Early iterations of HARP depended on etcd because PGD did not expose its Raft implementation to API calls. Eventually we added Raft API calls to PGD so HARP could use PGD as its DCS instead of etcd, which removed one point of contention. PGD 5.0 also fully integrated the duties formerly held by HARP Manager. Why have an external process obtain node status and separately update the DCS, when the node and the DCS are one and the same?
Thus the new design looks more like this:
Compared to the HARP approach, we’ve purged the purple DCS traffic entirely, and the red DCS communication is more direct. PGD Proxy subscribes to PGD status changes through a standard Postgres LISTEN / NOTIFY channel, and PGD updates proxy-related keys as part of its standard operating protocols. Using LISTEN and NOTIFY is important, as it prevents excessive polling which would otherwise add additional traffic to the Raft layer and potentially disrupt PGD node management.
The final improvement related to connection routing derives from Raft itself. Despite PGD making its API available to HARP, clients often chose to use etcd as the consensus layer anyway. Why might that be?
Our most commonly deployed architecture designates two PGD nodes in a Lead / Shadow arrangement per Location. Whether this location is an Availability Zone, Datacenter, Region, or otherwise doesn’t matter. What’s important is that each Location can have its own etcd cluster, meaning HARP Router will still function even if half of the PGD cluster itself is unavailable due to a Network Partition. If PGD is the DCS, losing half of the cluster means the other half will no longer be routable, as the DCS will refuse to answer queries without a quorum.
That is no longer the case with PGD 5.0, as we’ve added the capability to create Raft sub-groups. As a result, we can construct a cluster like this:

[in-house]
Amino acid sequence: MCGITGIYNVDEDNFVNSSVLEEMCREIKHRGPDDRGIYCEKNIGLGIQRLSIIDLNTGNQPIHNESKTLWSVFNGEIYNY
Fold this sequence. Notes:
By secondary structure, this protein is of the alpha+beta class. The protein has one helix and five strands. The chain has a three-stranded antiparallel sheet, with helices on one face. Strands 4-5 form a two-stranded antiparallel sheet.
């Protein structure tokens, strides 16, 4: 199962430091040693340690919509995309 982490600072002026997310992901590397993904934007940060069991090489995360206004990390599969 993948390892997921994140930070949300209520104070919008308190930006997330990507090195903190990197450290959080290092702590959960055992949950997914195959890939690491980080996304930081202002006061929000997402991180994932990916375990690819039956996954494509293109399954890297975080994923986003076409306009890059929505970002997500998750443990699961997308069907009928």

This isn’t the best cluster design since it uses an even number of nodes, but it illustrates the point. In this scenario, the PGD Proxy in AZ1 would still continue to route traffic to the Lead node there even if AZ2 vanishes. The Raft sub-group ensures a Local consensus is possible even when the Global consensus is unknown. Being independent from Global consensus also removes remote consensus latency, allowing for faster failover within the sub-group (lower RTO) than before.
It may not seem groundbreaking, but combined with DCS change notifications, it allows us to entirely abandon our previous reliance on etcd for certain functionality. Now there is nothing etcd can do that PGD itself can’t accomplish, all without the extra (and sometimes substantial) configuration and maintenance etcd itself requires.
An Integrated Stack
HARP started out as an innovative concept for Postgres HA adopted to a context suitable for PGD. PGD 5.0 takes that a step further by fully embracing the concept and making DCS state part of the extension itself, exactly as the original roadmap ordained. The goal has always been to transform Postgres into a cluster-aware database engine, rather than a database engine that could be clustered.
We now have a properly decoupled design in EDB Postgres Distributed 5.0: a database cluster, and something to connect to it. This is similar to how Oracle works with its Listener service with one important enhancement even Oracle never considered: consensus. Why use some obscure configuration syntax to choose the correct node when the nodes themselves can simply inform the Proxy where traffic should go?
We’ve crossed the Rubicon here, and we’re only getting started.